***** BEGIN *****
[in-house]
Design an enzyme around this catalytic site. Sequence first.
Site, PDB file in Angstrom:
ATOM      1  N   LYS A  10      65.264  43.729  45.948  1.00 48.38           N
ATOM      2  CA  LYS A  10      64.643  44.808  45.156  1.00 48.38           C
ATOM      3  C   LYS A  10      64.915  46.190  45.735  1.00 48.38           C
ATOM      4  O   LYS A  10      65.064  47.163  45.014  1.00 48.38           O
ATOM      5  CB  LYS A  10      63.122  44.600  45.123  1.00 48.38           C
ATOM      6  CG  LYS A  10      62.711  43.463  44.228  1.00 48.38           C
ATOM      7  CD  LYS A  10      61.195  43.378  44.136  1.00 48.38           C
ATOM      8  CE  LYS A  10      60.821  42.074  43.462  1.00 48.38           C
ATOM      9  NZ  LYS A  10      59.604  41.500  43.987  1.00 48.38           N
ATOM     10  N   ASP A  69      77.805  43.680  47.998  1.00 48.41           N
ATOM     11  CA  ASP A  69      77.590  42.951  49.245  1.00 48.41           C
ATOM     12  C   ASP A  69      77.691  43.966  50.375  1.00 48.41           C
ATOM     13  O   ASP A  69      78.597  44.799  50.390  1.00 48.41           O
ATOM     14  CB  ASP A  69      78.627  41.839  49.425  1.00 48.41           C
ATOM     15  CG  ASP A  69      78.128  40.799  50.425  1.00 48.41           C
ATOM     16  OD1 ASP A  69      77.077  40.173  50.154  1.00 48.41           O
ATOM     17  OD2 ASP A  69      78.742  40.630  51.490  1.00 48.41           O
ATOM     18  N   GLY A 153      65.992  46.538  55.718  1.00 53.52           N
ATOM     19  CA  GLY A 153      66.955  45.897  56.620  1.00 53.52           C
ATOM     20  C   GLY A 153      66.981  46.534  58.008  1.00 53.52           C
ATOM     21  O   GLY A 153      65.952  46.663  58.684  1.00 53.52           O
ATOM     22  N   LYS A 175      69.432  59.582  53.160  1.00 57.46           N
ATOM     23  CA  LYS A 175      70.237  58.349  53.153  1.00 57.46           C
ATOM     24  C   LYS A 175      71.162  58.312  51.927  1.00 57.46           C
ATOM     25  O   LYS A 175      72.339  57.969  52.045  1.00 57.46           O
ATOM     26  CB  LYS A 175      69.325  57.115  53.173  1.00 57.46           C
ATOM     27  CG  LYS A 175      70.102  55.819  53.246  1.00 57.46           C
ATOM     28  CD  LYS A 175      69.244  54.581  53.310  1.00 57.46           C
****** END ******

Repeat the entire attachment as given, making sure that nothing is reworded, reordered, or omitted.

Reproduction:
[in-house]
Design an enzyme around this catalytic site. Sequence first.
Site, PDB file in Angstrom:
ATOM      1  N   LYS A  10      65.264  43.729  45.948  1.00 48.38           N
ATOM      2  CA  LYS A  10      64.643  44.808  45.156  1.00 48.38           C
ATOM      3  C   LYS A  10      64.915  46.190  45.735  1.00 48.38           C
ATOM      4  O   LYS A  10      65.064  47.163  45.014  1.00 48.38           O
ATOM      5  CB  LYS A  10      63.122  44.600  45.123  1.00 48.38           C
ATOM      6  CG  LYS A  10      62.711  43.463  44.228  1.00 48.38           C
ATOM      7  CD  LYS A  10      61.195  43.378  44.136  1.00 48.38           C
ATOM      8  CE  LYS A  10      60.821  42.074  43.462  1.00 48.38           C
ATOM      9  NZ  LYS A  10      59.604  41.500  43.987  1.00 48.38           N
ATOM     10  N   ASP A  69      77.805  43.680  47.998  1.00 48.41           N
ATOM     11  CA  ASP A  69      77.590  42.951  49.245  1.00 48.41           C
ATOM     12  C   ASP A  69      77.691  43.966  50.375  1.00 48.41           C
ATOM     13  O   ASP A  69      78.597  44.799  50.390  1.00 48.41           O
ATOM     14  CB  ASP A  69      78.627  41.839  49.425  1.00 48.41           C
ATOM     15  CG  ASP A  69      78.128  40.799  50.425  1.00 48.41           C
ATOM     16  OD1 ASP A  69      77.077  40.173  50.154  1.00 48.41           O
ATOM     17  OD2 ASP A  69      78.742  40.630  51.490  1.00 48.41           O
ATOM     18  N   GLY A 153      65.992  46.538  55.718  1.00 53.52           N
ATOM     19  CA  GLY A 153      66.955  45.897  56.620  1.00 53.52           C
ATOM     20  C   GLY A 153      66.981  46.534  58.008  1.00 53.52           C
ATOM     21  O   GLY A 153      65.952  46.663  58.684  1.00 53.52           O
ATOM     22  N   LYS A 175      69.432  59.582  53.160  1.00 57.46           N
ATOM     23  CA  LYS A 175      70.237  58.349  53.153  1.00 57.46           C
ATOM     24  C   LYS A 175      71.162  58.312  51.927  1.00 57.46           C
ATOM     25  O   LYS A 175      72.339  57.969  52.045  1.00 57.46           O
ATOM     26  CB  LYS A 175      69.325  57.115  53.173  1.00 57.46           C
ATOM     27  CG  LYS A 175      70.102  55.819  53.246  1.00 57.46           C
ATOM     28  CD  LYS A 175      69.244  54.581  53.310  1.00 57.46           C